Detailed architectural plans were slow to emerge from Jorn Utzon. He liked to gather insights, textures, effects of the light, before he drew anything. The concept, he used to say, embodied everything the realisation needed. The Lutheran church he designed in Bagsvaerd, in his native Denmark, began as a study of drifting clouds and sunlight on a day at the beach. An art museum in Silkebourg emerged from salt poured out of a shaker on a café table. And his entry for the most important competition of his life was a series of sketches of triangles and random parabolas, free shapes bounded by “curves in space geometrically undefined”. Along with the sketches came a cartoon self-portrait of a tall, thin, many-armed young man dipping a pen into his skull, which had sprung open like an inkpot.

His entry was thrown out at first, and not just for that. It broke several of the rules laid down for the competition to design a new opera house (in fact, two performance halls) on Bennelong Point, in Sydney. It was too big for the site; there was not enough seating; and, most notably, there was no estimate of cost. But Mr Utzon could not possibly cost it, because he had no idea whether it could ever be built. It was his dream-answer to the challenge of a “beautiful and demanding” site, one he couldn’t resist; but, like the church at Bagsveard, it was inspired largely by clouds, boats and light. Mr Utzon had never been to Sydney. Instead, as a practised sailor, he had studied the local naval charts. When one of the judges plucked his entry out of the pile of also-rans, he was as astonished, and unprepared, as everyone else.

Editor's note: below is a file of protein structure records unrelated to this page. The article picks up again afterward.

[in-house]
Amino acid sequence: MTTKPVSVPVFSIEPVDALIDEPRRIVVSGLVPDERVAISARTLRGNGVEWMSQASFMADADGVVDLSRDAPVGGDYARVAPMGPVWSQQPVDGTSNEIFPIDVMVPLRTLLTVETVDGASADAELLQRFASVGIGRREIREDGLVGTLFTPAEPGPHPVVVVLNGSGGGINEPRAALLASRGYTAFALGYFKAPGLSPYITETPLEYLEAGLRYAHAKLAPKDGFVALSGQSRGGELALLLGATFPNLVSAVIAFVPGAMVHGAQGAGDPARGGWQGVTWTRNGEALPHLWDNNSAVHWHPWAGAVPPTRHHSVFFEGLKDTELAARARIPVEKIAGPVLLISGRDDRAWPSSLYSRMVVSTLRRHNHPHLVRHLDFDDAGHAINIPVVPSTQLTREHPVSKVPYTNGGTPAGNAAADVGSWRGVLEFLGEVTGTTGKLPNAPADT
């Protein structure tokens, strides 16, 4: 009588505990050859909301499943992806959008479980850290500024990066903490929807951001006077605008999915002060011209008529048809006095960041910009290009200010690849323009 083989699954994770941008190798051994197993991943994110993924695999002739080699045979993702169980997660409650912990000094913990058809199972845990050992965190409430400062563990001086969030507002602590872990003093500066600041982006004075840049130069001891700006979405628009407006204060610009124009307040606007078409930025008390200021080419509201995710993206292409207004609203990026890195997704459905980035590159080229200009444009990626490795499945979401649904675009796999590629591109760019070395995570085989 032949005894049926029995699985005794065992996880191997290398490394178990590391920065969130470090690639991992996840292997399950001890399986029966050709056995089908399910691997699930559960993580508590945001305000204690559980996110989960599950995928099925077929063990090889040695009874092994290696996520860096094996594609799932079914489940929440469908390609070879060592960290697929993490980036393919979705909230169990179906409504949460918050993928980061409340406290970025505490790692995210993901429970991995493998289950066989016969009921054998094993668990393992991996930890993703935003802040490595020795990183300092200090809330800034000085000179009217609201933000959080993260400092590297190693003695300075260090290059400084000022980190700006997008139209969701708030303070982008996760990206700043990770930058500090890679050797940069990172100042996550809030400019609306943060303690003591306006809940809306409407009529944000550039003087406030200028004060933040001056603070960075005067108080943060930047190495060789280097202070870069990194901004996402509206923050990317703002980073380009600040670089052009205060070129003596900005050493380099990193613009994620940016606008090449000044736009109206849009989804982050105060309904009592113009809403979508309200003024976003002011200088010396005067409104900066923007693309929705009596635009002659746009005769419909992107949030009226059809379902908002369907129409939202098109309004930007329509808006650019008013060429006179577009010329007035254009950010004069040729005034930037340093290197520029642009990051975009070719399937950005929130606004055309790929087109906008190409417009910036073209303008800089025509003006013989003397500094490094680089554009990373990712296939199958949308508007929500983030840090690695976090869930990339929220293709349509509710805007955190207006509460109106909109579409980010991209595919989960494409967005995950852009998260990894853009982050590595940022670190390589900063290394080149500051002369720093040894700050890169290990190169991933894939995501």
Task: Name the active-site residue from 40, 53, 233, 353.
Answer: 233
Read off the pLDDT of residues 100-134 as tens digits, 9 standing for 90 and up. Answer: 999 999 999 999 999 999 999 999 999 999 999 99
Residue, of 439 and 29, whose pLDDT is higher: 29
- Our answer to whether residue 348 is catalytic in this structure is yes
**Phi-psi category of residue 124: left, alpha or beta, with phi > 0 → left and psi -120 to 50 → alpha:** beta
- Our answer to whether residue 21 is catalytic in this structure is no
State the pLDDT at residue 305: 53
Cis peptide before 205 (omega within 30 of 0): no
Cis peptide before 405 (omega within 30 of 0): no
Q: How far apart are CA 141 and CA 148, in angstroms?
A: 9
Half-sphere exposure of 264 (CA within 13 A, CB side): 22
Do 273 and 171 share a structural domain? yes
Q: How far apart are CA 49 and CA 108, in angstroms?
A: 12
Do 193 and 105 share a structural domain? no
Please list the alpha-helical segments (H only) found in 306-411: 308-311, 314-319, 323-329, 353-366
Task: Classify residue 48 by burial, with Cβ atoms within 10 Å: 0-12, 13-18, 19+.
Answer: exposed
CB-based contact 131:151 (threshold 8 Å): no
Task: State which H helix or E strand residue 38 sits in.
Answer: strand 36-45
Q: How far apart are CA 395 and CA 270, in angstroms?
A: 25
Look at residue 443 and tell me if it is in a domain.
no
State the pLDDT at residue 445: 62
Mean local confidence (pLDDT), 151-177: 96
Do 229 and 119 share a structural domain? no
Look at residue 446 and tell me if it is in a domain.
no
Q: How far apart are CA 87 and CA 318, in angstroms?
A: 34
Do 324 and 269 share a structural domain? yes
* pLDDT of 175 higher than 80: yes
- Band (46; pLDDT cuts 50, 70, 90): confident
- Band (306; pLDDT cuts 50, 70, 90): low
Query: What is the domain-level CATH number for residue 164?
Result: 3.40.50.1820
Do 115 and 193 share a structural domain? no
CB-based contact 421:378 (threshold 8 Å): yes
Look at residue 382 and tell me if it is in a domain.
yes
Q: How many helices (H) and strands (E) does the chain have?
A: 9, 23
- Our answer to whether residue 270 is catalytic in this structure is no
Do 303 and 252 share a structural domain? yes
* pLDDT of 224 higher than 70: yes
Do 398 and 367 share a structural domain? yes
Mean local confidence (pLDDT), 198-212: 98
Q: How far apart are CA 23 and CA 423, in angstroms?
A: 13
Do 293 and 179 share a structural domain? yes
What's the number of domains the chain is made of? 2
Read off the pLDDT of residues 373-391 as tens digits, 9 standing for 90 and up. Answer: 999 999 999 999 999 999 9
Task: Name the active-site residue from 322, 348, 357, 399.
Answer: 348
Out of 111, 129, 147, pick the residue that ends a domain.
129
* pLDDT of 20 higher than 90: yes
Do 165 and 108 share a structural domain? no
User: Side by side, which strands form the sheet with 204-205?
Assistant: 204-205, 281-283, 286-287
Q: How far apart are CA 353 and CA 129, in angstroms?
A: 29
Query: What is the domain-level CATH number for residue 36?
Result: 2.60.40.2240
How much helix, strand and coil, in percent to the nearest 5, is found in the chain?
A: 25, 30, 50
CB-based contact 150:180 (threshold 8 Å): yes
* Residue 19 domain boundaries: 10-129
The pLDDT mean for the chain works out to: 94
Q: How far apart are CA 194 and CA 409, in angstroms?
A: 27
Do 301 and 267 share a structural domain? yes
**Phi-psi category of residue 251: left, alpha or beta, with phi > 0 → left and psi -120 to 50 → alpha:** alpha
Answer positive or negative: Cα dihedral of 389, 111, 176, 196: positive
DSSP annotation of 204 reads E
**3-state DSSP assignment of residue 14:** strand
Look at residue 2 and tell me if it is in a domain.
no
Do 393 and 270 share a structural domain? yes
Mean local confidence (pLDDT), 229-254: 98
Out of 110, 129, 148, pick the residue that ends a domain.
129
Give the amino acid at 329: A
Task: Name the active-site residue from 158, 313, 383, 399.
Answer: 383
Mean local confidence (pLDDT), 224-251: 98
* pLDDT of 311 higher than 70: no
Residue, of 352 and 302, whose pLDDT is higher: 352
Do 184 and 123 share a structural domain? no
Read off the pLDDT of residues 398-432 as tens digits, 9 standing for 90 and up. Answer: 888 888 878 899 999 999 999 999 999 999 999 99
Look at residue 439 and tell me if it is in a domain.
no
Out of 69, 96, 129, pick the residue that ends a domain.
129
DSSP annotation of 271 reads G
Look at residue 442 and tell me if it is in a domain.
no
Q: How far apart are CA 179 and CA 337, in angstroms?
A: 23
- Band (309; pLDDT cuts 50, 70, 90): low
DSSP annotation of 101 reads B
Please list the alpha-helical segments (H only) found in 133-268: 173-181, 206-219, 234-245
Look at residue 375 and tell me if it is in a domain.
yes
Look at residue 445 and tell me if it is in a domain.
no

The year was 1957. He was 38, and had little other work to his name except a workers’ estate, of yellow-brick houses grouped round courtyards, near Elsinore. What he wanted for Sydney was the effect he had noticed when tacking round the promontory at Elsinore, of the castle’s piled-up turrets against the piled-up clouds and his own billowing white sails; the liberation he had felt on the great platforms of the Mayan temples in Mexico, of being lifted above the dark jungle into another world of light; the height and presence of Gothic cathedrals, whose ogival shape was to show in the cross-sections of the Sydney roof-shells; and the curved, three-dimensional rib-work of boat-building, as he had watched his own father doing it at Aalborg. The load-bearing beams of the Opera House shells he called spidsgattere, in homage to the sharp-sterned boats his father made.
- From The Economist's obituary on Utzon.
posted by Kattullus at 12:08 PM on December 12, 2008 [1 favorite]

From The New Yorker's profile on Utzon:
The roof tiles of the Sydney Opera House were Utzon’s version of the chair. He liked to say that almost everything about the building’s design was “on the edge of the possible,” and for the tiles he wanted something very specific: a tile that “had gloss but did not have a mirror effect. A tile with a coarse structure that resembled hammered silver.” He did not want a blinding flare off the roof surfaces, or a “normal” glaze, which looks “as if it is made from white cardboard.” He used many metaphors for what he was seeking. The tiles, he said, should contrast matte against sheen, like a fresh layer of snow on a frozen snowbank, or the shine of a fingernail against skin. “The material,” he wrote, “would have to be sought in the building of the ancient world, which has stood up to many years’ use without deterioration.” He travelled to China and Japan, looking at samples of ancient roof tiles and half-glazed ware. In an archive of his papers kept in a Sydney library, images of the tiled dome of the Great Mosque at Esfahan, in Iran, are filed alongside a more contemporary inspiration: an advertising photograph of a Swedish swimsuit model, the chevron pattern of her costume flowing easily over her curves. The Opera House tiles, Utzon decided, would be laid in chevrons, fanning out across the roof curves to express the form of the concrete beams beneath.
posted by of strange foe at 2:33 PM on December 22, 2008